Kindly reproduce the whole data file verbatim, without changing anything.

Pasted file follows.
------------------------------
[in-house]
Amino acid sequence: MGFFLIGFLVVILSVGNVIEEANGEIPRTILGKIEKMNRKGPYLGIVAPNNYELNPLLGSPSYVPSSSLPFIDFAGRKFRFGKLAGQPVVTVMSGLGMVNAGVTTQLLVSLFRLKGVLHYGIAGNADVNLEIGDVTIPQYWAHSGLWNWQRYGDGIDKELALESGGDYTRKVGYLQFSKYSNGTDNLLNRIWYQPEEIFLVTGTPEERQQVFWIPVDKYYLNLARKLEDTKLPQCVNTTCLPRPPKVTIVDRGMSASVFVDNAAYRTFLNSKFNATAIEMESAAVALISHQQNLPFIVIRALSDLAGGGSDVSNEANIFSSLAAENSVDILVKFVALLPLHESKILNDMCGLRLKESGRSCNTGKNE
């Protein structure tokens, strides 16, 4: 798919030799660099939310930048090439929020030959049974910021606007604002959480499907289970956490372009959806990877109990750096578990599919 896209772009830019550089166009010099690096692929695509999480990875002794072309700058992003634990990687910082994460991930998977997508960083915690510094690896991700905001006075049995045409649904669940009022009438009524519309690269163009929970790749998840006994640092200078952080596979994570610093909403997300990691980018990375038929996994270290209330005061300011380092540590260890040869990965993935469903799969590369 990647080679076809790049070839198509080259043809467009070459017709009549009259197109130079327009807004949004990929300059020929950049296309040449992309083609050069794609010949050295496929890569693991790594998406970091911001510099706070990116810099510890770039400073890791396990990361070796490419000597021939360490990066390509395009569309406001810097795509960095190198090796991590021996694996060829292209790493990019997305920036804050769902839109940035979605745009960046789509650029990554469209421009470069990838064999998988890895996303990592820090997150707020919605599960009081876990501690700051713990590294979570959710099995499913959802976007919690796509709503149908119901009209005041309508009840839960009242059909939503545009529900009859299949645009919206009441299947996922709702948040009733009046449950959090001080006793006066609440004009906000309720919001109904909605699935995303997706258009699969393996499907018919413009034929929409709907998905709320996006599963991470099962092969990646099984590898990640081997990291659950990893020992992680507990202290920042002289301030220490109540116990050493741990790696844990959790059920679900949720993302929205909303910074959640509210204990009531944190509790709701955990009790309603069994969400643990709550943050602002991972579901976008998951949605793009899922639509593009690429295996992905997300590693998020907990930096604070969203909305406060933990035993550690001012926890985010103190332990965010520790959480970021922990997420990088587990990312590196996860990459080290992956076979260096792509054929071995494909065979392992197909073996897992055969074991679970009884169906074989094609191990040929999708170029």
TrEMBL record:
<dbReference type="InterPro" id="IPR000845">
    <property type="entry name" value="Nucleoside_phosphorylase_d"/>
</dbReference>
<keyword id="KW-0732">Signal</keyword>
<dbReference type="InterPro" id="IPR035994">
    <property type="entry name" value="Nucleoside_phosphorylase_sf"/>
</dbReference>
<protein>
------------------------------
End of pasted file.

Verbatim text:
[in-house]
Amino acid sequence: MGFFLIGFLVVILSVGNVIEEANGEIPRTILGKIEKMNRKGPYLGIVAPNNYELNPLLGSPSYVPSSSLPFIDFAGRKFRFGKLAGQPVVTVMSGLGMVNAGVTTQLLVSLFRLKGVLHYGIAGNADVNLEIGDVTIPQYWAHSGLWNWQRYGDGIDKELALESGGDYTRKVGYLQFSKYSNGTDNLLNRIWYQPEEIFLVTGTPEERQQVFWIPVDKYYLNLARKLEDTKLPQCVNTTCLPRPPKVTIVDRGMSASVFVDNAAYRTFLNSKFNATAIEMESAAVALISHQQNLPFIVIRALSDLAGGGSDVSNEANIFSSLAAENSVDILVKFVALLPLHESKILNDMCGLRLKESGRSCNTGKNE
């Protein structure tokens, strides 16, 4: 798919030799660099939310930048090439929020030959049974910021606007604002959480499907289970956490372009959806990877109990750096578990599919 896209772009830019550089166009010099690096692929695509999480990875002794072309700058992003634990990687910082994460991930998977997508960083915690510094690896991700905001006075049995045409649904669940009022009438009524519309690269163009929970790749998840006994640092200078952080596979994570610093909403997300990691980018990375038929996994270290209330005061300011380092540590260890040869990965993935469903799969590369 990647080679076809790049070839198509080259043809467009070459017709009549009259197109130079327009807004949004990929300059020929950049296309040449992309083609050069794609010949050295496929890569693991790594998406970091911001510099706070990116810099510890770039400073890791396990990361070796490419000597021939360490990066390509395009569309406001810097795509960095190198090796991590021996694996060829292209790493990019997305920036804050769902839109940035979605745009960046789509650029990554469209421009470069990838064999998988890895996303990592820090997150707020919605599960009081876990501690700051713990590294979570959710099995499913959802976007919690796509709503149908119901009209005041309508009840839960009242059909939503545009529900009859299949645009919206009441299947996922709702948040009733009046449950959090001080006793006066609440004009906000309720919001109904909605699935995303997706258009699969393996499907018919413009034929929409709907998905709320996006599963991470099962092969990646099984590898990640081997990291659950990893020992992680507990202290920042002289301030220490109540116990050493741990790696844990959790059920679900949720993302929205909303910074959640509210204990009531944190509790709701955990009790309603069994969400643990709550943050602002991972579901976008998951949605793009899922639509593009690429295996992905997300590693998020907990930096604070969203909305406060933990035993550690001012926890985010103190332990965010520790959480970021922990997420990088587990990312590196996860990459080290992956076979260096792509054929071995494909065979392992197909073996897992055969074991679970009884169906074989094609191990040929999708170029």
TrEMBL record:
<dbReference type="InterPro" id="IPR000845">
    <property type="entry name" value="Nucleoside_phosphorylase_d"/>
</dbReference>
<keyword id="KW-0732">Signal</keyword>
<dbReference type="InterPro" id="IPR035994">
    <property type="entry name" value="Nucleoside_phosphorylase_sf"/>
</dbReference>
<protein>